Kim Stanley Robinson, Sci-Fi Author
Kim Stanley Robinson, Sci-Fi Author
In 1948, George Orwell looked ahead to 1984 and imagined a grim totalitarian world. In 1968, Arthur C. Clarke looked ahead to 2001 and imagined transcendent alien contact. Now, sci-fi novelist Kim Stanley Robinson is looking ahead 300 years in his new novel, 2312.
Kim Stanley Robinson, author of the "Mars" trilogy, "2312," and "Shaman," has been called our greatest living science fiction writer AND one of the greatest political novelists. He writes post-capitalist page-turners set in the far future and the distant past. We talk with him about the politics of science and the imagination.
In his new novel 2312, legendary science fiction author Kim Stanley Robinson focuses on outer space and humans’ place in it.
As you probably guessed from the title, the story is set three centuries in the future. It hinges on “the idea that the solar system is our neighborhood, and could be inhabited,” Robinson tells Wired Senior Editor Adam Rogers in this episode of the Storyboard podcast.
In the book, which hits stores May 22, humans live not just on other planets, but also in miniature biomes in hollowed-out asteroids. Robinson’s oeuvre includes the Hugo-winning Mars trilogy and the global warming-focused Forty Signs of Rain. In the podcast, he talks about time travel, trips to Antarctica and the future of humanity.
Luke Burrage reads a science fiction novel and reviews it when he’s done. Then he reads another.
Luke and Juliane talk about Aurora by Kim Stanley Robinson.
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Illustration by John SchoenherrAfter a hiatus, the SciFri Book Club is back! The concept is simple: Read a great science or sci-fi book, and discuss it with authors, scientists, and your fellow SciFri listeners on-air and online. This summer, we’re reading Frank Herbert’s ecological epic Dune.
Join sci-fi author Kim Stanley Robinson and astrobiologist and theoretical physicist Sara Imari Walker as they help kick off the club with an introduction to Herbert’s “Duniverse.”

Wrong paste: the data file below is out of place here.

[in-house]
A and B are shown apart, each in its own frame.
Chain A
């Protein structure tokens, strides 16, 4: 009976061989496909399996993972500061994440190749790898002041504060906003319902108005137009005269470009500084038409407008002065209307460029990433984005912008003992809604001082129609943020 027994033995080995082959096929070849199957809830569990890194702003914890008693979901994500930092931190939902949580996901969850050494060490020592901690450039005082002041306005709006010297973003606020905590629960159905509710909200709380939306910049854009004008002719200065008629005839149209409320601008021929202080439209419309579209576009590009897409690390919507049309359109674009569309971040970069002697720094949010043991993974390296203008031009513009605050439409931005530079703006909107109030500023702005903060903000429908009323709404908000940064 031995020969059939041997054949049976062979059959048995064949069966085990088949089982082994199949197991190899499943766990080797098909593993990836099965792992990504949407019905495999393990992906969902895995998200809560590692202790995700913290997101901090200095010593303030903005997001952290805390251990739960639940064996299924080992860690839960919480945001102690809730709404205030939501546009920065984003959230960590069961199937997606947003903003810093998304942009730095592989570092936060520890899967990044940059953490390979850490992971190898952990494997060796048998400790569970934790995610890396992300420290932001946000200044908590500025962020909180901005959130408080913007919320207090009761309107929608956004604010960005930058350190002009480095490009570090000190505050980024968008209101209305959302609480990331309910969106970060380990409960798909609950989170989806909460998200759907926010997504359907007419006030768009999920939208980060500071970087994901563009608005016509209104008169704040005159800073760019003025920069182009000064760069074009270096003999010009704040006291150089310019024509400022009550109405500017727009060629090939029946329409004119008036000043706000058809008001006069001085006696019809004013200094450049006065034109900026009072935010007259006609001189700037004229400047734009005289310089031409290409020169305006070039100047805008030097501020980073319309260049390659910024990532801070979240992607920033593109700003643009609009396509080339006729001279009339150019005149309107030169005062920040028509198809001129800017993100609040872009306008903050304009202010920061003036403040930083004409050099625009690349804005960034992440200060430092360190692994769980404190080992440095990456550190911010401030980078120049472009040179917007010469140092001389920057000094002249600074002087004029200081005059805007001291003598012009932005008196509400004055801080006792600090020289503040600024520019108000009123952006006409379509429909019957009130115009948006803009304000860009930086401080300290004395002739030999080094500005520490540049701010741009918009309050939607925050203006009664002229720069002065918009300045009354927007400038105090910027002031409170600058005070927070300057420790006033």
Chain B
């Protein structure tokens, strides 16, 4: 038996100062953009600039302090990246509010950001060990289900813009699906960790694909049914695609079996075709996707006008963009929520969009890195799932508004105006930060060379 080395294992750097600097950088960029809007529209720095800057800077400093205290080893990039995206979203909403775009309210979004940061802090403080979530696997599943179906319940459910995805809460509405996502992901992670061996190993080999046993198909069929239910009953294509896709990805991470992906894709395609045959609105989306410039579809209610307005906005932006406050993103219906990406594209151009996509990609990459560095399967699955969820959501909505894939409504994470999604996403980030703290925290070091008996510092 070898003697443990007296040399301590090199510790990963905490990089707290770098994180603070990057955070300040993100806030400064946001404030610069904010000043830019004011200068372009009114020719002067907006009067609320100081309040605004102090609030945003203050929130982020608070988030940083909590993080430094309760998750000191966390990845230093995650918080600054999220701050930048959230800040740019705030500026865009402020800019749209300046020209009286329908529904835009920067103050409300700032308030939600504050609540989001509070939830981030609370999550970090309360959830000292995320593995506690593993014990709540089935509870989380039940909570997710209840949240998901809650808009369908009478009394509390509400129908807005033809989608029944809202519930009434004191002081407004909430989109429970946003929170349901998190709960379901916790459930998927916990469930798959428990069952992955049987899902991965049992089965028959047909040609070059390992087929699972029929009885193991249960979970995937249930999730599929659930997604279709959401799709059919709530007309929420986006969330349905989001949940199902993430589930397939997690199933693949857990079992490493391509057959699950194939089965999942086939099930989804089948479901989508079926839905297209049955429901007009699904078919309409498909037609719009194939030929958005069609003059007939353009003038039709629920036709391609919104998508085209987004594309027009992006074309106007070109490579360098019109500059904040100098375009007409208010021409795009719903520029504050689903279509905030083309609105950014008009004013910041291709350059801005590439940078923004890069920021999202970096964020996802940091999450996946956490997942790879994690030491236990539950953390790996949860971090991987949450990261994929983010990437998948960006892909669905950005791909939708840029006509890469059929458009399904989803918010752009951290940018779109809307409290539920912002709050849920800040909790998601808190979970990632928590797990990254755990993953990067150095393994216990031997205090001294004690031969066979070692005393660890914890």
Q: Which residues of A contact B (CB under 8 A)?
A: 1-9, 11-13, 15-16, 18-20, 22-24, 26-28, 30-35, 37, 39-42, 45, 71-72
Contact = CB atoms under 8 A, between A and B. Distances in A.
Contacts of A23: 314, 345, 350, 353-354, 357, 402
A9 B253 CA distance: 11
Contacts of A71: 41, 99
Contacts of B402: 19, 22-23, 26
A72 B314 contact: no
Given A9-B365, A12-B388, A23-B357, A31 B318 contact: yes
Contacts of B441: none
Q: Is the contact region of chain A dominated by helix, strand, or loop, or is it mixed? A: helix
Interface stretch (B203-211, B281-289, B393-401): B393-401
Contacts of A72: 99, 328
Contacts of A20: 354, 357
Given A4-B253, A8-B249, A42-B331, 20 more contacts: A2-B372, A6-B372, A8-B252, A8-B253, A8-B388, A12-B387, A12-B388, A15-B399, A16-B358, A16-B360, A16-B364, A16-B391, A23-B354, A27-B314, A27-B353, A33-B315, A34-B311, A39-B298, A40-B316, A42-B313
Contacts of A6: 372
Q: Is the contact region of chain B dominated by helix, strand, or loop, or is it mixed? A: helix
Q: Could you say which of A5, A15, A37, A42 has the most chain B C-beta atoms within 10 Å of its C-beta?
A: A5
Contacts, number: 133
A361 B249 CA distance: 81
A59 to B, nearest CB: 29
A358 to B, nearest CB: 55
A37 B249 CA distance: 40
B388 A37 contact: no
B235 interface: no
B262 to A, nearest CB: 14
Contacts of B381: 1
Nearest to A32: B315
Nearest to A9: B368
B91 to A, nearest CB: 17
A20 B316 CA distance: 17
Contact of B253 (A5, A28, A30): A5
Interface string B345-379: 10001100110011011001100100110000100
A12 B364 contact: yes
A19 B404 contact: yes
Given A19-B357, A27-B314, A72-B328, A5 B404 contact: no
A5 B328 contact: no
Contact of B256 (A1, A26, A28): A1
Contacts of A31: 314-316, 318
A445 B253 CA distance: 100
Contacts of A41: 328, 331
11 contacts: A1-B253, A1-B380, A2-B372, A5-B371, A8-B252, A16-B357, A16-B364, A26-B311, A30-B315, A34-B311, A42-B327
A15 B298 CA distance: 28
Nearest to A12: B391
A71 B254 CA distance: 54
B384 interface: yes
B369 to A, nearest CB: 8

"Aurora" and "Luna: New Moon" - Our Book Club returns to read two recent, highly praised science fiction novels. From Kim Stanley Robinson comes “Aurora,” the story of a spaceship sent from Earth to a far-off star in a trip that will take generations. And from Ian McDonald comes “Luna: New Moon,” a sort of “Dallas” (or is it “The Godfather”?) set on and under the surface of the moon. Plus, what else are we reading?
Host Jason Snell with Scott McNulty, Aleen Simms, Erika Ensign and Glenn Fleishman.
Prehistoric man, Shamans, and anthropological wonders, oh my! Paul has his dreams fulfilled in this special interview with the legendary Kim Stanley Robinson. We discuss his book, Shaman (now out in paperback), his Three Californias trilogy, the changing political landscape, the expository nature of genre, and much more! We hope you enjoy the episode! Note: If you have…
We are back for our second installment of Verge ESP, and this time Liz is sitting down for a chat with "hard sci-fi" (sorry) author Kim Stanley Robinson, whose new novel Aurora is a richly depicted — and yes, somewhat plausible! — story of our first mission outside the solar system. But before that, we talk about a somewhat dubious study suggesting a link between mental illness and creativity, as well as how Apple Music and the streaming music race are altering how we think about and interact with music. And of course, we would be remiss if we didn’t catch up with an increasingly controversial season of Game of Thrones as it nears its finale. (Spoiler: both your Verge ESP correspondents are shockingly down with fictional child murder.) Next week, we promise Liz will get into the science behind White Walkers.